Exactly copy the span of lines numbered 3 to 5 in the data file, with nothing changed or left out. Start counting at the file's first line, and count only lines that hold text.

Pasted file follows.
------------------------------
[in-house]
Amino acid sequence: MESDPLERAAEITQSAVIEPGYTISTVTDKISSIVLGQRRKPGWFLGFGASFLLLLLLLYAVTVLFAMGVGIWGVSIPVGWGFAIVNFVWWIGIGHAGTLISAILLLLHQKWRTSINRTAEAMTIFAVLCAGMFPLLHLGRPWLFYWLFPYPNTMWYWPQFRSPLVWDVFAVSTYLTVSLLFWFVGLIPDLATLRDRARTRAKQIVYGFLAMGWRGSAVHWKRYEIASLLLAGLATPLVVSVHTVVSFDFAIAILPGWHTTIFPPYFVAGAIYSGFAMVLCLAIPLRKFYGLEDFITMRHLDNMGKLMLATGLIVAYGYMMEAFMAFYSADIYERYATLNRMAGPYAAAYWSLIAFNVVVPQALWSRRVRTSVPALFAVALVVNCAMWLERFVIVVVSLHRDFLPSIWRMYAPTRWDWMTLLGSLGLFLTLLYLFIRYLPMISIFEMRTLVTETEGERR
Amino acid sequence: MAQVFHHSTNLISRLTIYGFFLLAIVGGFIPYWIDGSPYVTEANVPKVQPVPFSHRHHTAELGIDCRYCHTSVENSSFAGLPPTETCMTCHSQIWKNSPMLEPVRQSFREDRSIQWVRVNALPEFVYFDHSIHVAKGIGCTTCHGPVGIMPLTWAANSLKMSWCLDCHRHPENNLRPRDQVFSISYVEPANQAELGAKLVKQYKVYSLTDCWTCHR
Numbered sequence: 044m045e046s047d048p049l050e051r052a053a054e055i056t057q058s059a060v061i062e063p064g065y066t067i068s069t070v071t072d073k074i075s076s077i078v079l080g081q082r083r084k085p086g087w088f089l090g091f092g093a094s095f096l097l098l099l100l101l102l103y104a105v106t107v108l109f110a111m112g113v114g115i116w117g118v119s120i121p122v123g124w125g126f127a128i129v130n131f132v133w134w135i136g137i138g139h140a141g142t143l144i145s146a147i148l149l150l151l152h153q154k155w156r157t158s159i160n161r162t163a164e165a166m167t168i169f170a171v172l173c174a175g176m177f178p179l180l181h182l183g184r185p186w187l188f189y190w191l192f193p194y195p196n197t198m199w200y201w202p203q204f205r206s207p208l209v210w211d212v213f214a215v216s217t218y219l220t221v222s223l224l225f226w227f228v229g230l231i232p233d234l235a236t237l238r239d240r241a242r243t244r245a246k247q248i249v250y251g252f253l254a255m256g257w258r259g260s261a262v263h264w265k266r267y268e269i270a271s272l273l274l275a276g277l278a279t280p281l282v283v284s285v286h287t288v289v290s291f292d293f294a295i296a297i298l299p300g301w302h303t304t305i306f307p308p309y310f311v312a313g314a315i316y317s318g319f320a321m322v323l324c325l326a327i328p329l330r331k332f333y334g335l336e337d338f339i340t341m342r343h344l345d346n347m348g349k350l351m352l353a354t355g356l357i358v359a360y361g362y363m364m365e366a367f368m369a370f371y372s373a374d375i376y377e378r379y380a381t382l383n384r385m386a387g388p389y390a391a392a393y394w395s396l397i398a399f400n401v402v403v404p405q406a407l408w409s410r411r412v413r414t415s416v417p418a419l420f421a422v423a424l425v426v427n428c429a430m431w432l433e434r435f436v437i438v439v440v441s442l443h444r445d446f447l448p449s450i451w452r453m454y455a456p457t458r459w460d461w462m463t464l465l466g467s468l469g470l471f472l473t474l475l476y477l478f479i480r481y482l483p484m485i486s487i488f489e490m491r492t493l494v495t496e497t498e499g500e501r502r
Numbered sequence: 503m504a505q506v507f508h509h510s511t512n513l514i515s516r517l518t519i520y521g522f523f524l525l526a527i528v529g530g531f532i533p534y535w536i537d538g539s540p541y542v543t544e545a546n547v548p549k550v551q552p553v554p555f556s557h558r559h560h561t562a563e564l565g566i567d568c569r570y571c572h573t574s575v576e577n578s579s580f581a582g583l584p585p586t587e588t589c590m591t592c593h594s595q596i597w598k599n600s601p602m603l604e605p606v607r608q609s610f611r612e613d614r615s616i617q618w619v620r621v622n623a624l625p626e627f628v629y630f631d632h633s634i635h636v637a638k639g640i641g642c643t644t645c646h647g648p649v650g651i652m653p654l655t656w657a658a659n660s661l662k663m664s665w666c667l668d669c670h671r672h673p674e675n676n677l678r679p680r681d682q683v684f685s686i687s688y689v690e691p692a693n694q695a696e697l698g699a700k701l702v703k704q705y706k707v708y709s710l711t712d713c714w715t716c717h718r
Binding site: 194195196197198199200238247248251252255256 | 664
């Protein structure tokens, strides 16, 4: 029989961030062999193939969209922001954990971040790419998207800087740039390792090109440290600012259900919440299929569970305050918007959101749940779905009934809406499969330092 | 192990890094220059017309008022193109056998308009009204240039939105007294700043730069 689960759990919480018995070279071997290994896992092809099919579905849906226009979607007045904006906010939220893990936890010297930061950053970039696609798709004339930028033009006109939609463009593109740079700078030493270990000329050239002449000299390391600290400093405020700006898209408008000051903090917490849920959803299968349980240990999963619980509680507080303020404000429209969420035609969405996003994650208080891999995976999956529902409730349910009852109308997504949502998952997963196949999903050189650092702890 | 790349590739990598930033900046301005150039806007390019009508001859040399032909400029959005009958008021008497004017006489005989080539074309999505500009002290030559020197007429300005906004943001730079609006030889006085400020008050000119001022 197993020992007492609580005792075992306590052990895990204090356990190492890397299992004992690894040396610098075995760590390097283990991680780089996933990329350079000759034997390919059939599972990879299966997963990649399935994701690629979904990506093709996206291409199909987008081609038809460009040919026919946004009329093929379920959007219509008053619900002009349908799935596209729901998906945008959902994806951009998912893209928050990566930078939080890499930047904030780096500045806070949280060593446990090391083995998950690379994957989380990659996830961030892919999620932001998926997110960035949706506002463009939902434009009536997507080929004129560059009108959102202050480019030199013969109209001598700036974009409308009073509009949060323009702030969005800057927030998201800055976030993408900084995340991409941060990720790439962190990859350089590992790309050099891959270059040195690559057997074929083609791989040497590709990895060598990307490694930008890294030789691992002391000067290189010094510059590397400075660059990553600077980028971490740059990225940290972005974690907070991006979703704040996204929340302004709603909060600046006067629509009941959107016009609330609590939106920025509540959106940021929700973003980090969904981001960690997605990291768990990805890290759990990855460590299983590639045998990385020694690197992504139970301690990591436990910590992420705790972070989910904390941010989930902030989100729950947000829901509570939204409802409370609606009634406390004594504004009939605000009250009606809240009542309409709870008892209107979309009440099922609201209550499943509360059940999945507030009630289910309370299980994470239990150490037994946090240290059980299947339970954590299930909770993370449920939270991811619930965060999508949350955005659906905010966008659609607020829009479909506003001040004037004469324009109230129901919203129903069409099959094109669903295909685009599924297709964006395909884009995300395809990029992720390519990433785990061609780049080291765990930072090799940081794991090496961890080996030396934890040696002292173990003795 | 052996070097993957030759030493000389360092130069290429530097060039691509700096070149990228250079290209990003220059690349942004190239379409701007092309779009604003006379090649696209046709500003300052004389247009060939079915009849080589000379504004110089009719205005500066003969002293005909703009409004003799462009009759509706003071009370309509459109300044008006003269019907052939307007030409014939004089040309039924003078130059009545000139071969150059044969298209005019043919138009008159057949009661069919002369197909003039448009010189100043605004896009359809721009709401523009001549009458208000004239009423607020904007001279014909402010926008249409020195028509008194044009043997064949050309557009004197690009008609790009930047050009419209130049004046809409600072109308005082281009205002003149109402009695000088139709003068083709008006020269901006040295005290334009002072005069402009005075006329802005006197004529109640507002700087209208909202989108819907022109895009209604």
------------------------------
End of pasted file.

Amino acid sequence: MAQVFHHSTNLISRLTIYGFFLLAIVGGFIPYWIDGSPYVTEANVPKVQPVPFSHRHHTAELGIDCRYCHTSVENSSFAGLPPTETCMTCHSQIWKNSPMLEPVRQSFREDRSIQWVRVNALPEFVYFDHSIHVAKGIGCTTCHGPVGIMPLTWAANSLKMSWCLDCHRHPENNLRPRDQVFSISYVEPANQAELGAKLVKQYKVYSLTDCWTCHR
Numbered sequence: 044m045e046s047d048p049l050e051r052a053a054e055i056t057q058s059a060v061i062e063p064g065y066t067i068s069t070v071t072d073k074i075s076s077i078v079l080g081q082r083r084k085p086g087w088f089l090g091f092g093a094s095f096l097l098l099l100l101l102l103y104a105v106t107v108l109f110a111m112g113v114g115i116w117g118v119s120i121p122v123g124w125g126f127a128i129v130n131f132v133w134w135i136g137i138g139h140a141g142t143l144i145s146a147i148l149l150l151l152h153q154k155w156r157t158s159i160n161r162t163a164e165a166m167t168i169f170a171v172l173c174a175g176m177f178p179l180l181h182l183g184r185p186w187l188f189y190w191l192f193p194y195p196n197t198m199w200y201w202p203q204f205r206s207p208l209v210w211d212v213f214a215v216s217t218y219l220t221v222s223l224l225f226w227f228v229g230l231i232p233d234l235a236t237l238r239d240r241a242r243t244r245a246k247q248i249v250y251g252f253l254a255m256g257w258r259g260s261a262v263h264w265k266r267y268e269i270a271s272l273l274l275a276g277l278a279t280p281l282v283v284s285v286h287t288v289v290s291f292d293f294a295i296a297i298l299p300g301w302h303t304t305i306f307p308p309y310f311v312a313g314a315i316y317s318g319f320a321m322v323l324c325l326a327i328p329l330r331k332f333y334g335l336e337d338f339i340t341m342r343h344l345d346n347m348g349k350l351m352l353a354t355g356l357i358v359a360y361g362y363m364m365e366a367f368m369a370f371y372s373a374d375i376y377e378r379y380a381t382l383n384r385m386a387g388p389y390a391a392a393y394w395s396l397i398a399f400n401v402v403v404p405q406a407l408w409s410r411r412v413r414t415s416v417p418a419l420f421a422v423a424l425v426v427n428c429a430m431w432l433e434r435f436v437i438v439v440v441s442l443h444r445d446f447l448p449s450i451w452r453m454y455a456p457t458r459w460d461w462m463t464l465l466g467s468l469g470l471f472l473t474l475l476y477l478f479i480r481y482l483p484m485i486s487i488f489e490m491r492t493l494v495t496e497t498e499g500e501r502r
Numbered sequence: 503m504a505q506v507f508h509h510s511t512n513l514i515s516r517l518t519i520y521g522f523f524l525l526a527i528v529g530g531f532i533p534y535w536i537d538g539s540p541y542v543t544e545a546n547v548p549k550v551q552p553v554p555f556s557h558r559h560h561t562a563e564l565g566i567d568c569r570y571c572h573t574s575v576e577n578s579s580f581a582g583l584p585p586t587e588t589c590m591t592c593h594s595q596i597w598k599n600s601p602m603l604e605p606v607r608q609s610f611r612e613d614r615s616i617q618w619v620r621v622n623a624l625p626e627f628v629y630f631d632h633s634i635h636v637a638k639g640i641g642c643t644t645c646h647g648p649v650g651i652m653p654l655t656w657a658a659n660s661l662k663m664s665w666c667l668d669c670h671r672h673p674e675n676n677l678r679p680r681d682q683v684f685s686i687s688y689v690e691p692a693n694q695a696e697l698g699a700k701l702v703k704q705y706k707v708y709s710l711t712d713c714w715t716c717h718r